It was when the customers who were “I f–in hate this stupid game! This game sucks! Why can’t I exchange it!?” is where I drew the line.

  10. Triaxx2
    Triaxx2 says:
    October 13, 2011 at 11:25 am #

    Done that. Didn’t like to do it. Would do it again.

  11. 06th
    06th says:
    October 13, 2011 at 12:13 pm #

    RAWR, TRADING GAMES IS EVIL! But seriously, if you’re going to buy it used, just pirate. The company that made the game gets exactly the same amount of money. Better yet, pirate it and donate money to the company based off what you think the game was worth, do so anonymously with a description of what aspect of the game each portion of the money is for. Also, in my limited experience, used game stores are screwing you with the price anyway.

  12. Houkama
    Houkama says:
    October 13, 2011 at 12:28 pm #

    I tried this at Walmart once, but they unwrapped the new copy before handing it over.

    • Tinq
      Tinq says:
      October 13, 2011 at 12:37 pm #

      Yeah, my Ex used to work at Wal-Mart and that was the policy. When Twilight Princess came out a couple of kids brought in their copy to exchange and she told them they could only get the same game. So they took her up on it, and even though she opened it they came back a few hours later to try again. She wasn’t at the desk, but she was still in the store. Stupid kids. There was a Gamestop next door!

  13. Ghoulston
    Ghoulston says:
    October 13, 2011 at 1:11 pm #

    I just buy pre-owned games from GameStop, play it for a week, and return it within 7 days for my money back. Their return policy says preowned games can be returned for cash within 7 days, and when they ask me why I return it I just tell them “I didn’t like the game.” This is a great method to use on games you played 5-10 years ago and aren’t sure if they are actually any good.

    I had no idea how awful Sonic Heroes really was.

  14. Tenshi
    Tenshi says:
    October 13, 2011 at 1:21 pm #

    As someone who works in a big retail chain, this does not work at my store. All of our service desk workers are trained to unseal the package on an exchange to prevent this exact situation.

  15. Lemiwinks
    Lemiwinks says:
    October 13, 2011 at 1:23 pm #

    California has a law about gift cards that says retailers have to cash them out on request of the customer, only if the balance is below $10.

    *Walk into Old Navy with $25 gift card*
    “I want to cash this out”
    “We can’t do that because it’s above $10 in value”
    “Okay, I want to buy 2 $10 gift cards.” (Cash out remaining $5)
    “I want to buy 1 $1 candy bar with each card card” (Cash out 2 cards for $9 each)
    “I want to return the candy and cash that out.” (Get remaining $2 back)

    8-10 transactions later, I walked out with $25 and hadn’t spent any cash at Old Navy.

    • Steve Napierski
      Steve Napierski says:
      October 13, 2011 at 2:14 pm #

      I’d hate to see how many transactions transpire for a $100 gift card.

      • The Anarchyz
        The Anarchyz says:
        October 13, 2011 at 2:30 pm #

        I did it once with a $75 GC, not pretty at all, but my former girlfriend was shopping, so it was going to be a while anyway…

        • Irrrrrrrrr
          Irrrrrrrrr says:
          October 16, 2011 at 12:01 am #

          They wouldn’t just let you get 7 $9.50 gift cards and a $8.50 gift card?

          Wish my state had that law, I have a 42 cent Blockbuster card, a ton of $10 starbucks cards, , $6 Bestbuy cards, at one point I had my $7 Target card split into 7 $1 gift card just because the customer service girl was really rude, but then I was stuck with some $1 gift cards.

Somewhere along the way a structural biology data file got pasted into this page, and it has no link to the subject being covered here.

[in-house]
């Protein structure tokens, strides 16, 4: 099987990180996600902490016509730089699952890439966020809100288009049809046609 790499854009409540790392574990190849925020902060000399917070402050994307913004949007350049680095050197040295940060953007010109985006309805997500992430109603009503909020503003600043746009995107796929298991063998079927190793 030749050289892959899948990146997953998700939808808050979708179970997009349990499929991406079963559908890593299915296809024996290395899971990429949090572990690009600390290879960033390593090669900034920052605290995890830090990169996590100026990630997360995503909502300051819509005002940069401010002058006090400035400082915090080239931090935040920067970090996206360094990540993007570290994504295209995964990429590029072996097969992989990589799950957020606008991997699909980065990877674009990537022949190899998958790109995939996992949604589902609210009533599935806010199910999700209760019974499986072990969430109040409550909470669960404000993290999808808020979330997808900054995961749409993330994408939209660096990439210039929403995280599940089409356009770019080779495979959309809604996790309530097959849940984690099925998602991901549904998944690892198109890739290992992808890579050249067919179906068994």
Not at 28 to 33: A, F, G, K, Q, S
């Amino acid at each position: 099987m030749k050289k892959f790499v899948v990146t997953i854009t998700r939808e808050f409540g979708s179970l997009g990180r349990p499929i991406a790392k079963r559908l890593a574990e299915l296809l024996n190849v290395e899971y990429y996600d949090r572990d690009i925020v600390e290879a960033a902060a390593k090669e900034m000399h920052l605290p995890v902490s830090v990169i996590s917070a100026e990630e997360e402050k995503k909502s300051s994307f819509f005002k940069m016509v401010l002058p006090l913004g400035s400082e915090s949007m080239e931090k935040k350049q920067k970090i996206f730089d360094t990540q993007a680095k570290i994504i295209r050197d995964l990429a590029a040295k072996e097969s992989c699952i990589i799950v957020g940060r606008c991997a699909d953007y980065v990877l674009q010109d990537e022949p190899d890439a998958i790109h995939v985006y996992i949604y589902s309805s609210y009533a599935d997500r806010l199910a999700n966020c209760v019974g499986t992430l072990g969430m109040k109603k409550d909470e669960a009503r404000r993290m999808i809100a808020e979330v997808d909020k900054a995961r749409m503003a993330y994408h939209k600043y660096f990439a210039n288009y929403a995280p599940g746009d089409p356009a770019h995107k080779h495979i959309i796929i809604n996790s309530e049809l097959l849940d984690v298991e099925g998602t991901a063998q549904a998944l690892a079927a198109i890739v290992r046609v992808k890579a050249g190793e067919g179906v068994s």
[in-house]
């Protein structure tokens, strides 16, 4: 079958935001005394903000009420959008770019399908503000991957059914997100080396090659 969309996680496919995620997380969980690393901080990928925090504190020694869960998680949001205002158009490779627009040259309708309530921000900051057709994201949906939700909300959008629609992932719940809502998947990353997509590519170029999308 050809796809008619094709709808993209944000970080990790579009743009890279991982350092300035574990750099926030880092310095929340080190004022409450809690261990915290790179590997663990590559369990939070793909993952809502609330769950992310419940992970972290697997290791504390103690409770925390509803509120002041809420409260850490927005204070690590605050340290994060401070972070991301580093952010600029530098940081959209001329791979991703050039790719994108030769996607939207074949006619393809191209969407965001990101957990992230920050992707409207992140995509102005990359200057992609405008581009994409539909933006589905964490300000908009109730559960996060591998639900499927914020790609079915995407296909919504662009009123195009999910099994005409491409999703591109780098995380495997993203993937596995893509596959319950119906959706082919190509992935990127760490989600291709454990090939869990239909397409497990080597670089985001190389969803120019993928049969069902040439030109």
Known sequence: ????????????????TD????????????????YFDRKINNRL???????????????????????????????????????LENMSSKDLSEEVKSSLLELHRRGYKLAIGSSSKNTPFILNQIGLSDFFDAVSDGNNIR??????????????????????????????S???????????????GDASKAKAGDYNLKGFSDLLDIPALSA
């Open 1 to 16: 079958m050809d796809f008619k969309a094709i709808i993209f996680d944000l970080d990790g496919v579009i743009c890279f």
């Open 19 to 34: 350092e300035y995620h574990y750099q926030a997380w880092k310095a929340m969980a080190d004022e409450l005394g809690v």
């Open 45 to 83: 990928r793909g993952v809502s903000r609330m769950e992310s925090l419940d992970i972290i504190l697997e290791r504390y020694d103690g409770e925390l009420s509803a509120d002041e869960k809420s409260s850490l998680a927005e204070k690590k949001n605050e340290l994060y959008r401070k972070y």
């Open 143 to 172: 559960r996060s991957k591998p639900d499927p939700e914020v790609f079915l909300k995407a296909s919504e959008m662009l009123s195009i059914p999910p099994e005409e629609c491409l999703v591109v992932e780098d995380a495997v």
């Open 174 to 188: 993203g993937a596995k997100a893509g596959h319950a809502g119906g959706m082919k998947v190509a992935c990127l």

• Lemiwinks
        Lemiwinks says:
        October 14, 2011 at 3:26 am #

        A lot. Honestly it was the corporates own fault since they will not allow a cash out greater than $9.99 for a gift card. The only reason that is in the system even is because it’s law. Stores HATE giving you your money back for any reason.

  16. BigLord
    BigLord says:
    October 13, 2011 at 2:16 pm #

    URL/Link?

  17. Nate
    Nate says:
    October 13, 2011 at 3:52 pm #

    Have to chime in on this with Wal-Mart. Yeah, that’s the policy. But I worked the electronics desk and saw how VERY many times the service desk didn’t follow through and open the new one. At the time, we were still sending expensive items up to the desk for later exchange. I’d leave it with instructions to be opened. That mostly worked. So, yeah. Try it with a big box store. Works the best.

  18. Kira
    Kira says:
    October 13, 2011 at 4:12 pm #

    I’ve worked in retail for some time and customers in electronics trying to return games generally have these (broad) characteristics: they are Honest or Suspicious and Relaxed or Annoying.

    You could make a grid of the four combinations, and you can generally get an impression of how to deal with each catagory.

    Honest and Relaxed: Generally, these people earnestly have an issue and are just looking for a resolution. They weren’t satisfied but understand store policy. I sometimes bend the rules for these people because they are the ones I like and wish all customers were like this. You can’t always be sure about someone’s honesty though, these people can pull the wool over your eyes sometimes.

    Honest but Annyoing: They have a problem, but they believe that our sole purpose on this planet is to resolve it for them. These people generally are obnoxious and irritating and while I try and fix the problem for them, I am loathe to try and make them happy when they are aggravating me.

    Suspicious but Relaxed: These are the ones that are the worst to deal with sometimes. Not because they personally are hard to deal with, but the line between suspicious and honest is a fine line which is hard to find and you aren’t sure whether or not they are trying to screw the system. If there’s any doubt, stick rigidly to the rules and go from there.